In Unani System of Medicine the flowers and leaves are used commonly for the treatment of Amraz-i-Dimagh and A‘sab (diseases of nerve and brain) such as Nazla-i-Sard (cold catarrh), Suda’ (headache), Nasiyan (amnesia), Sar‘ (epilepsy), Malankhūliyā (melancholia), Waswas sawdawi (anxiety), Junūn (mania), Jumūd (catalepsy), Fālij (hemiplegia), Laqwa (facial paralysis), Ra’sha (chorea), Sadr (giddiness), Dawar (vertigo), Ikhtilaj (trembling), Tashannuj Imtila‘i (convulsion), Khadar (numbness), Iltihab-i-Tajawif-i-Anaf (sinusitis), etc. It relieves sprains, Waj’ al-A‘sab (neuralgia) and Waj’ al-Mafasil (rheumatism). It is also useful for Dama (asthma), Su’āl (cough) Warm-i-Jigar Sard (fatty liver), and Istisqa (ascites). Ibn Sina (Avicenna) in his famous treatise, “Advia Qalbia’’ described its efficacy in removing the Sawda and Balgham (black bile and phlegm) from brain, hence called as “Jarub-i-Dimagh” (broom of brain) [1-3,9,15,16]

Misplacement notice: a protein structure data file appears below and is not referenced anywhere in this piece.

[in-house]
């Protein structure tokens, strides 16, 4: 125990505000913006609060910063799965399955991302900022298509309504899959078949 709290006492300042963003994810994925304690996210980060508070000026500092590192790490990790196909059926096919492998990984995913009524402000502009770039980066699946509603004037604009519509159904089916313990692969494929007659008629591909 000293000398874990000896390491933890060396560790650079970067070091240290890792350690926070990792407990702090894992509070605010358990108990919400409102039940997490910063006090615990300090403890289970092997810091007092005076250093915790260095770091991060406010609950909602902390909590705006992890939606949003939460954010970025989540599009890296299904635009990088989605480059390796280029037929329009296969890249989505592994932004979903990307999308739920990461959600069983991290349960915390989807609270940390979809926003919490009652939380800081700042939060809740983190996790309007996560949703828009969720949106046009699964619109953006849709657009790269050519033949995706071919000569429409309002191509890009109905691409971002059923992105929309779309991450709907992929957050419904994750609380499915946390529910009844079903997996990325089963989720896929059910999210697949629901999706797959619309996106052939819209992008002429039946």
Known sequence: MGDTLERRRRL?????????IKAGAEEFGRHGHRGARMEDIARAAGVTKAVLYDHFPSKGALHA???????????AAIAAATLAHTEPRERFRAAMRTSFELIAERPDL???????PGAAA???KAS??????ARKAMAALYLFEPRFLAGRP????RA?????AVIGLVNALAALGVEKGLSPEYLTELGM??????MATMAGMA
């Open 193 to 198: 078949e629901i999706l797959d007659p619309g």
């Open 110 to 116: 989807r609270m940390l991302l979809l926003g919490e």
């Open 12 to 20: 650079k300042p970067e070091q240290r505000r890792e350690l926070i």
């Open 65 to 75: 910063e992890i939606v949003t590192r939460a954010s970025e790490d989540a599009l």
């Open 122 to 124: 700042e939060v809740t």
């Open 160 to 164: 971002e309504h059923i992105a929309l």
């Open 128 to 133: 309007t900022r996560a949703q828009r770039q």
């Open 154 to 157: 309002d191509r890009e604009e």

Tarkeeb iste’mal (mode of administration): Amrad-i-Ras wa A‘sab (diseases of brain and nerve): Sar‘a (epilepsy)